The Difference Between Self-Esteem and Self-Worth

August 22, 2018 Sam Woolfe

Self-esteem and self-worth are often incorrectly used interchangeably.  Learn how self-esteem and self-worth differ, and why both contribute to our wellbeing.

The terms self-esteem and self-worth are often used interchangeably. However, their meanings are quite different. Some people focus on building their self-esteem, while others prefer to strengthen their sense of self-worth. In actual fact, though, the development of both is essential in remaining grounded and healthy. Let’s take a look at some of the key differences between self-esteem and self-worth to see why this is the case.

Self-Worth and Self-Esteem Complement One Another

What is Self-Esteem?

Self-esteem is the manner in which we evaluate ourselves. It is our internal assessment of our qualities and attributes. We have healthy self-esteem when what we think, feel, and believe about ourselves is honest and realistic. Building and maintaining healthy self-esteem depends on gathering evidence about what we are like as a person.

Unhealthy self-esteem, on the other hand, can present itself in the form of two extremes. Firstly, you can think too highly of yourself, which can lead you to fall into the trap of narcissism. When your self-esteem is too high, you exaggerate your positive traits or deceive yourself about your faults and weaknesses. A narcissist may believe that his or her opinion matters more than anyone else’s, based on the self-perception that he or she is smarter than everyone.

In contrast, when you have low self-esteem, you underestimate – or flat out ignore – your positive characteristics. If you struggle with low self-esteem, then you may tell yourself that you are stupid, lazy, boring, selfish, inconsiderate, or generally a bad person because of the things you think, say, and do. You view yourself through a harsh and negative filter. It becomes difficult to understand why people enjoy your company or sincerely believe any compliments that people give you.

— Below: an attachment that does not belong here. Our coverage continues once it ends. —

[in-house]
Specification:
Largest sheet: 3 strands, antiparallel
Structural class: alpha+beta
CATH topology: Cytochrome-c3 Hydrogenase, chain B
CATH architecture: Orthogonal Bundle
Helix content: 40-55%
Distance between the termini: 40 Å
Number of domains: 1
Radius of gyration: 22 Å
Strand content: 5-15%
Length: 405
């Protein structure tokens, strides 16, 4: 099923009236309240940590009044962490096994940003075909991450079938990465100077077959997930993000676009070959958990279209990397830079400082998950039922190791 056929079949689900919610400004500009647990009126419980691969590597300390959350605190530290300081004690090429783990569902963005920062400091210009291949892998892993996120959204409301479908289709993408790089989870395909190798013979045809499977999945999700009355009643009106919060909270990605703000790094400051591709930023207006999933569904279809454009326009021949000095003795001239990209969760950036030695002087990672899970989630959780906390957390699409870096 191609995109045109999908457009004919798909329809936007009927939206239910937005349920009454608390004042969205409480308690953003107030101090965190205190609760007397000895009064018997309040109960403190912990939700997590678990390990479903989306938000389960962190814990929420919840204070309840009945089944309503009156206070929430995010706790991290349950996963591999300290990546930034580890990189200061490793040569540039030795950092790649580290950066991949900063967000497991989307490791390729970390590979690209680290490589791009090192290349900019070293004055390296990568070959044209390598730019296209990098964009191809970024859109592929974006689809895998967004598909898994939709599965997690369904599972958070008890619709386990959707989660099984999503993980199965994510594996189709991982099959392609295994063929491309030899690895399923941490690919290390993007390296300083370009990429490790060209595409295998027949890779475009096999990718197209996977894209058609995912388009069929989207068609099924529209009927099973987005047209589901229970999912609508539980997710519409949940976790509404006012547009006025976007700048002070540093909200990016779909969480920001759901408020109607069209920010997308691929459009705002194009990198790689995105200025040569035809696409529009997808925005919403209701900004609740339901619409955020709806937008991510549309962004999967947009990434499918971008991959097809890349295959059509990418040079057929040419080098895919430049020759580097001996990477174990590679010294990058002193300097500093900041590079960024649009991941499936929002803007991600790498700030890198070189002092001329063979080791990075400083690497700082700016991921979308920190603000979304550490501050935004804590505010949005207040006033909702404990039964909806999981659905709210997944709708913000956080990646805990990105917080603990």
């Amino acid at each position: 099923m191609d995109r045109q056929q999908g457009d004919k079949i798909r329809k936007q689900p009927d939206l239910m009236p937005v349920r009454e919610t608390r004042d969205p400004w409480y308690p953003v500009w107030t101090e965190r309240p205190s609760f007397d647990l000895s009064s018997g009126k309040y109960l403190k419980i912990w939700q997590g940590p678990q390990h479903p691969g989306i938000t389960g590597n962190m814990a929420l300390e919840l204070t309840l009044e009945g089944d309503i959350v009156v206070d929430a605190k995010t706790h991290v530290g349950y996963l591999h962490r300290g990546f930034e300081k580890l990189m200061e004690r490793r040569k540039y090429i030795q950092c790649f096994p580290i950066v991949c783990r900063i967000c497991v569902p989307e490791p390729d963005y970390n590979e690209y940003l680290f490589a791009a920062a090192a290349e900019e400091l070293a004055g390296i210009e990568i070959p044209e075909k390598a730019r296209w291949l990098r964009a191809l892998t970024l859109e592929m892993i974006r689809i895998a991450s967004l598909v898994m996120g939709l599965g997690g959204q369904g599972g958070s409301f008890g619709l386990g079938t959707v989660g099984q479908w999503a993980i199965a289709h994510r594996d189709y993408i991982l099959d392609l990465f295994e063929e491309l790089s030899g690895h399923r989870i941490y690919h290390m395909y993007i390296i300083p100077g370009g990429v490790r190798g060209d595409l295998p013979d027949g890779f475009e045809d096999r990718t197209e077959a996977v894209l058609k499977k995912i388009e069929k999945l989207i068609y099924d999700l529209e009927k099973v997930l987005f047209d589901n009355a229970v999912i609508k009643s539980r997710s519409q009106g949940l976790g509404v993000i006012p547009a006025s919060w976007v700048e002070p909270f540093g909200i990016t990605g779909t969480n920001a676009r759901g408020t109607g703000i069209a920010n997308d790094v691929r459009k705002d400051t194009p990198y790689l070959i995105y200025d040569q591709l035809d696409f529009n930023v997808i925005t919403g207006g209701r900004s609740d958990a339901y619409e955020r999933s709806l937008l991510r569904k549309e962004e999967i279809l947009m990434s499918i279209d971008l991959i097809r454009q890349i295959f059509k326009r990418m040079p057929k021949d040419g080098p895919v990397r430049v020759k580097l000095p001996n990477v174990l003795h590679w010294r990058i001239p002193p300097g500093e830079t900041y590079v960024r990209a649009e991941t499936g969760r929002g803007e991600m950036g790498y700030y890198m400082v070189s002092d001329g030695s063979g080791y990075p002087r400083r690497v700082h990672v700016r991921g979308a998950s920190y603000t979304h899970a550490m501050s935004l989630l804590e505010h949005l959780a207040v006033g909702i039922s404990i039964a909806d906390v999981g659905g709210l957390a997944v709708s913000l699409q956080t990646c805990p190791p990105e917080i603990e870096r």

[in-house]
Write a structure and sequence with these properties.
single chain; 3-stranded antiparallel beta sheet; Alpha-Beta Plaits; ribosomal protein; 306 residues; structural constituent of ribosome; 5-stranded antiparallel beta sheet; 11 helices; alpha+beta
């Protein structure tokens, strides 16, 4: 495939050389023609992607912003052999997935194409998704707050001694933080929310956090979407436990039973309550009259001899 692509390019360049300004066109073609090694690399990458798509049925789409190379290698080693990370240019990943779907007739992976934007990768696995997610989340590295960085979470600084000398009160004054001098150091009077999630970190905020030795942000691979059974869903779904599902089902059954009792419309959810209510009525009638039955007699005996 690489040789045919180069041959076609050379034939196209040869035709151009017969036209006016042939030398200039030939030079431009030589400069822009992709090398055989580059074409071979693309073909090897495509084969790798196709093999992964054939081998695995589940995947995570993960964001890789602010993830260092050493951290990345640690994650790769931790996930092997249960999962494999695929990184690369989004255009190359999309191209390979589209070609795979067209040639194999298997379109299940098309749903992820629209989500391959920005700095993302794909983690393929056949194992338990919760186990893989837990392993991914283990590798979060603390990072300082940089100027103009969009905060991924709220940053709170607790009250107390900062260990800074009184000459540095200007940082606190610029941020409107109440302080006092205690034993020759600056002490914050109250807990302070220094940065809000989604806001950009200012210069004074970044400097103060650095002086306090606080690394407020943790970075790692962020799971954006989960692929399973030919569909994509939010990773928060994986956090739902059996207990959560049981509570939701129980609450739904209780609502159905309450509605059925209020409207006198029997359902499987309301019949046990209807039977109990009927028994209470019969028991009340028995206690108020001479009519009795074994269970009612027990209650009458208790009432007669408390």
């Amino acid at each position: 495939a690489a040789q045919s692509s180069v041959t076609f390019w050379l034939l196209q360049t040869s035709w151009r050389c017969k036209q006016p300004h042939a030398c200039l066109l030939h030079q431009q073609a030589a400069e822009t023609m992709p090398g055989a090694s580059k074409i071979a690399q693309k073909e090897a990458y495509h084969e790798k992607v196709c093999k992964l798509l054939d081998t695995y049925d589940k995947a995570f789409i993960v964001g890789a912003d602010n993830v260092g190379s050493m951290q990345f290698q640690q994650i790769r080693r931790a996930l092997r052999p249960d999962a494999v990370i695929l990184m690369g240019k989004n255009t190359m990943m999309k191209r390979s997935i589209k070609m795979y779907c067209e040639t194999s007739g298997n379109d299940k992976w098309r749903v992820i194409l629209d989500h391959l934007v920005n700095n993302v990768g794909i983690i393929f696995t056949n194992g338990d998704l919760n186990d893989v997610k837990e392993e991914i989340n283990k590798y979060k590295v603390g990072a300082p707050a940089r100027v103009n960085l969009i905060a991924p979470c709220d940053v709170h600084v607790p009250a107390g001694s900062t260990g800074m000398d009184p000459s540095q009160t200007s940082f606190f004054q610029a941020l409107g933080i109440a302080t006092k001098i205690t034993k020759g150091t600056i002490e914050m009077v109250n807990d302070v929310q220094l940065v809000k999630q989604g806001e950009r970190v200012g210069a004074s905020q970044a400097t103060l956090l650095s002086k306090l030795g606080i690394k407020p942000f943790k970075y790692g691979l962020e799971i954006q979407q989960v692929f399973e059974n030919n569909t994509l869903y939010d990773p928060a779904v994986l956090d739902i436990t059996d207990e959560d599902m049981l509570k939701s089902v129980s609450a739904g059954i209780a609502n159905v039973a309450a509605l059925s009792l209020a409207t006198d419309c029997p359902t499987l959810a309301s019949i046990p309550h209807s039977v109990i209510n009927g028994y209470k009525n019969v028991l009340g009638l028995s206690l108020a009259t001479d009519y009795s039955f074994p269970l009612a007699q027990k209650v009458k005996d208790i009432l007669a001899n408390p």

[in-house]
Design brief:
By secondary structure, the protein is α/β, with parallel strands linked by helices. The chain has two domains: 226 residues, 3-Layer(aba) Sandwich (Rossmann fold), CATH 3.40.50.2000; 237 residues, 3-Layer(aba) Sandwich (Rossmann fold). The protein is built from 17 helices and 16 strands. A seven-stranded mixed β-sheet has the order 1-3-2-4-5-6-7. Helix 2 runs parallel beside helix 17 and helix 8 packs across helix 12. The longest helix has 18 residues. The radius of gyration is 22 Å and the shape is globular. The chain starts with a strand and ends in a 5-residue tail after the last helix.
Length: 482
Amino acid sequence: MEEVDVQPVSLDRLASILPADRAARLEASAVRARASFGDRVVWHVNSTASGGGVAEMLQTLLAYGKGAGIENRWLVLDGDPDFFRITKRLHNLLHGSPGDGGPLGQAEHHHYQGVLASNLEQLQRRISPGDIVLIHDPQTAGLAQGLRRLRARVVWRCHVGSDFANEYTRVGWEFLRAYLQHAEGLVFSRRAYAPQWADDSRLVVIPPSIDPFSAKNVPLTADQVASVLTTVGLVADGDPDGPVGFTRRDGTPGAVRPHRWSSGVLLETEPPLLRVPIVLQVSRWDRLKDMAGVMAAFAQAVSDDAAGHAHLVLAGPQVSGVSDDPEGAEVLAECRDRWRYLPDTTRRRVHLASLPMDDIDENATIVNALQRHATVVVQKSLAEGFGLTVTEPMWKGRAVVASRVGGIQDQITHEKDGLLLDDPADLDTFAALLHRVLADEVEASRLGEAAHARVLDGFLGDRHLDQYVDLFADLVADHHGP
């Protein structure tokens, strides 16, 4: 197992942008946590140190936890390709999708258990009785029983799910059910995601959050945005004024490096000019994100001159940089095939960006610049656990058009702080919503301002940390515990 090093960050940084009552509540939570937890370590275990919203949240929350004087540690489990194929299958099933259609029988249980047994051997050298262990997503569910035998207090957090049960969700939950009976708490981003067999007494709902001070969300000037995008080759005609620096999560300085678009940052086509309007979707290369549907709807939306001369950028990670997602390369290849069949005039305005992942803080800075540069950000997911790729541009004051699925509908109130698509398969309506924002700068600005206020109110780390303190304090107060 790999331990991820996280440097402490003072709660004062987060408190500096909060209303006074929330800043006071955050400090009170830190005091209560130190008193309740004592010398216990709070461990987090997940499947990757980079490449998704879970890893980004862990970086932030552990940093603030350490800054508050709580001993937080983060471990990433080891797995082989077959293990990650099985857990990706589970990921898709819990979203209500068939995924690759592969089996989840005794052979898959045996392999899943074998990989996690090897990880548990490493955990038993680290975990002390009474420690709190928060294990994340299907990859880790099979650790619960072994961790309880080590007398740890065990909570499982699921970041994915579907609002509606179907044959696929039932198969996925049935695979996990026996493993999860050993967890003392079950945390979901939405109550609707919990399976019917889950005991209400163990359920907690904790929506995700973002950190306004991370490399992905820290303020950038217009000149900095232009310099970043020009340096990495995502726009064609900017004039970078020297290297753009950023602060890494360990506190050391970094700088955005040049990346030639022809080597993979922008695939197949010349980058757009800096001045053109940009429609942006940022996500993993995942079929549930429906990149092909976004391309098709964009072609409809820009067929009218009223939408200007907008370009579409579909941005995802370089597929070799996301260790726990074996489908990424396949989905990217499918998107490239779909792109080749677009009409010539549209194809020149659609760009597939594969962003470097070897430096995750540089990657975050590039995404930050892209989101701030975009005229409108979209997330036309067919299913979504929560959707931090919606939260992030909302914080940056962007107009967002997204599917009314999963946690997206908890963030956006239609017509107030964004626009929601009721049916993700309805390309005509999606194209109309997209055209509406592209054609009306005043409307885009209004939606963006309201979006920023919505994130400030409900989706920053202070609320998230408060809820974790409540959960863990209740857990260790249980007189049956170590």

What is Self-Worth?

Self-worth is the belief that you are loveable and valuable regardless of how you evaluate your traits. In this way, your self-esteem could hit rock bottom, yet you still hold onto the notion that you have innate worth. This is important. When you don’t feel good about yourself, this doesn’t mean, of course, that you are no longer valuable. So you need a form of positive self-perception that acts as a crutch to keep you stable when your self-esteem fluctuates (as it inevitably does for everyone).

You may be wondering where self-worth actually comes from. Well, there are different ways of looking at this. You could say that you – simply by virtue of being human – have intrinsic value, goodness, and capabilities. Regardless of whether you are upbeat, talented, or successful, you are good enough. Self-worth comes from the realization that you always have the capacity to do good and make a positive impact in the world, however small it may be.

Another perspective says that your self-worth is based on your wants, which are, again, common to everyone. Deep down, you desire peace of mind, contentment, relief from suffering, the realization of your potential, and a sense of belonging. These wants give you inherent value. Just as you respect others because of their wants, it’s crucial to respect yourself in the same way.